Yet, when I try to imagine the experience of being at the BJ community's service, the word "suffocating" is what comes to mind, rather than any positive emotion just looking for expression. It reminds me of the images of smiling cults that one sees on TV, yes, and it sounds over-the-top, true, but it also sounds like a lot of people and noise pressing in on me, making it hard to breath. Of course, that can probably be chalked up to me not liking crowds.

Maybe James is right, and there's simply a more fundamental, hard-wired difference here. After all, I'm an introvert, while James, I suspect, is an extrovert. Or, perhaps it has something to do with how we think, and not just what we think. I think in words, always have. Other people, like my wife, or Temple Grandin (author of "Thinking in Pictures" and "Animals in Translation") think more in pictures and other sense data. Until I read "Animals in Translation," it didn't even occur to me that other people weren't using words in the privacy of their own head to interpret the world around them. I don't have the book available, or I'd quote the relevant passage. Since then however, I've had multiple conversations with Michelle that have highlighted the differences in our individual experience of thought.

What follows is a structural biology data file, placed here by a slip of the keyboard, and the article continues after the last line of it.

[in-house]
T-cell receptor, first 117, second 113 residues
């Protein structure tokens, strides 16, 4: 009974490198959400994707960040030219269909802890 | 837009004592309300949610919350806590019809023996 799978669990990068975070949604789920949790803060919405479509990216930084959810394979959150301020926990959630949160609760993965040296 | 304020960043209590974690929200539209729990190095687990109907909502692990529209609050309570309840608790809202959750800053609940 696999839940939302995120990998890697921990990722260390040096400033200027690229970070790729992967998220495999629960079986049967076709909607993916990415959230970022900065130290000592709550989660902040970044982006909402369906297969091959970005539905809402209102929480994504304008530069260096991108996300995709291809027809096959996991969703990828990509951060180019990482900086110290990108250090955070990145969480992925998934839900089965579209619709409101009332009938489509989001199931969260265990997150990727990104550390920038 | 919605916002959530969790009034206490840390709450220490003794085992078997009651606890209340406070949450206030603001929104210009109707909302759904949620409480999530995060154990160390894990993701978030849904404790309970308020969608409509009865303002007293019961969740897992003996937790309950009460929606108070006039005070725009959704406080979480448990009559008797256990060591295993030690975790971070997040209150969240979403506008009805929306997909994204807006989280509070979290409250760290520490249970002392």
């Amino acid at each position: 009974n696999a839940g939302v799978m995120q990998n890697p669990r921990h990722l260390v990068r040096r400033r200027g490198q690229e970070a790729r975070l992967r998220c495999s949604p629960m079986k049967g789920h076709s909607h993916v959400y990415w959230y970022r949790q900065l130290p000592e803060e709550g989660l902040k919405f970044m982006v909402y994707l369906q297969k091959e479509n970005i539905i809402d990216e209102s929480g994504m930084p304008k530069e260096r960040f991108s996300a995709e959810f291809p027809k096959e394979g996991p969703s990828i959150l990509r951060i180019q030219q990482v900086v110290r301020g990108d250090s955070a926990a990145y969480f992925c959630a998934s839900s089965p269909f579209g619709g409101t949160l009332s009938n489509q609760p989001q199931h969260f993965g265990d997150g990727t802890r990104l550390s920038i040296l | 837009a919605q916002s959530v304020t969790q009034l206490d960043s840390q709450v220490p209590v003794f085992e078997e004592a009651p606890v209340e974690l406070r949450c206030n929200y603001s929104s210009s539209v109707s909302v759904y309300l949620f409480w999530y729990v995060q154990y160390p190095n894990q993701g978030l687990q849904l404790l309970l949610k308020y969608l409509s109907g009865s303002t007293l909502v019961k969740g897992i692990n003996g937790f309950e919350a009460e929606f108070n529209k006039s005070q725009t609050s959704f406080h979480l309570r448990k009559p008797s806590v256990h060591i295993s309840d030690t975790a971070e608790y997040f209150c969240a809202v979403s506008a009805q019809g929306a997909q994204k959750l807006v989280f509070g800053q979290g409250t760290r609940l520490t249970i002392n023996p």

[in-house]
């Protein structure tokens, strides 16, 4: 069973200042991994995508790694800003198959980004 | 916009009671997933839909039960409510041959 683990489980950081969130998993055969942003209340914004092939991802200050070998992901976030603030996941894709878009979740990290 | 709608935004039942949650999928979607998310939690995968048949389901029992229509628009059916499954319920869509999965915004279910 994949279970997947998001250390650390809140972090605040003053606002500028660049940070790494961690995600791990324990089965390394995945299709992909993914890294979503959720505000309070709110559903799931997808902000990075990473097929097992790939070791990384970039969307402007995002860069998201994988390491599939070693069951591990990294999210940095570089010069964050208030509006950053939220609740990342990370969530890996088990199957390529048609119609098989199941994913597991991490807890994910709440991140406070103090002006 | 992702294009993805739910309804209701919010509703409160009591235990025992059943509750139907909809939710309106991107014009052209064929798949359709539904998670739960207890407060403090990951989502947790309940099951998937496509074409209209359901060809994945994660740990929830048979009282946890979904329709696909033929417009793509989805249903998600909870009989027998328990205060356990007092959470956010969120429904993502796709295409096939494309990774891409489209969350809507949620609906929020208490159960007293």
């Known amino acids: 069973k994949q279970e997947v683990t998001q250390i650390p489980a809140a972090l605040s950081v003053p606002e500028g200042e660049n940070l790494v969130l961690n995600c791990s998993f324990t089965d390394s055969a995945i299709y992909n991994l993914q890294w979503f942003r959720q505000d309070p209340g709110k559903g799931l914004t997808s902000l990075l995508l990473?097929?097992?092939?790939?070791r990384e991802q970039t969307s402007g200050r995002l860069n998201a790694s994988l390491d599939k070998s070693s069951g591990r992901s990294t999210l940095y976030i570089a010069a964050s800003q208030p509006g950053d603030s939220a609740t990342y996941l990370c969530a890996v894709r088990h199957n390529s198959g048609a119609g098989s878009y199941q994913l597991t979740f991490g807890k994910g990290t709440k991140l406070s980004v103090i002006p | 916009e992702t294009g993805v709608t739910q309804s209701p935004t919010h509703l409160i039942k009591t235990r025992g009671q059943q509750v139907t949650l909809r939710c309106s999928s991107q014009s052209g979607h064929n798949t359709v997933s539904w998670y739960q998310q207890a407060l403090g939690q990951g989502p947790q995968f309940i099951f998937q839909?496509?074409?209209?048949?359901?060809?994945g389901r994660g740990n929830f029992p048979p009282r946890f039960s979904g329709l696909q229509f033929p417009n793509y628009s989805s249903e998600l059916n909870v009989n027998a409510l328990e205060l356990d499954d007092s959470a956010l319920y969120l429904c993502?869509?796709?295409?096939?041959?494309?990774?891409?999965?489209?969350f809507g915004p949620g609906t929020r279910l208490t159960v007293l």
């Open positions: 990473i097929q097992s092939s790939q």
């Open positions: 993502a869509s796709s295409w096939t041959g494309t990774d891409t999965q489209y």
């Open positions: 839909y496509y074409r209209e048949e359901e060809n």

For example, when I think of "Michelle," what comes to mind first and foremost are words--labels and descriptions--like "wife," "lover," "funny" "sexy" "friend" "love" "laughter" "animates the world" "occasionally frustrating" "artist" etc. My understanding of the person and concept "Michelle" is almost entirely in words. Images and non-verbal sounds are in the background, and fuzzy and indistinct (the most prominent of these would be the sound of her laughter, unless I'm horny). When Michelle thinks of me, "Nathan," what comes to mind are sights, sounds, smells, and all these non-verbal, sensory impressions that combine in her mind to mean "Nathan." At one time, we came to the conclusion that our different ways of thinking might be why I like labels, and she hates them. I see labels as descriptive, but with each label only describing a portion of a person, and not always a large portion. She sees labels as limiting and unexpressive of the real person or thing.

So, maybe there's something like that going on with James and I having different reactions. Or maybe there's a difference in our past, such as how we react to emotion, or our experiences with religion, that explains it. Or perhaps something else entirely.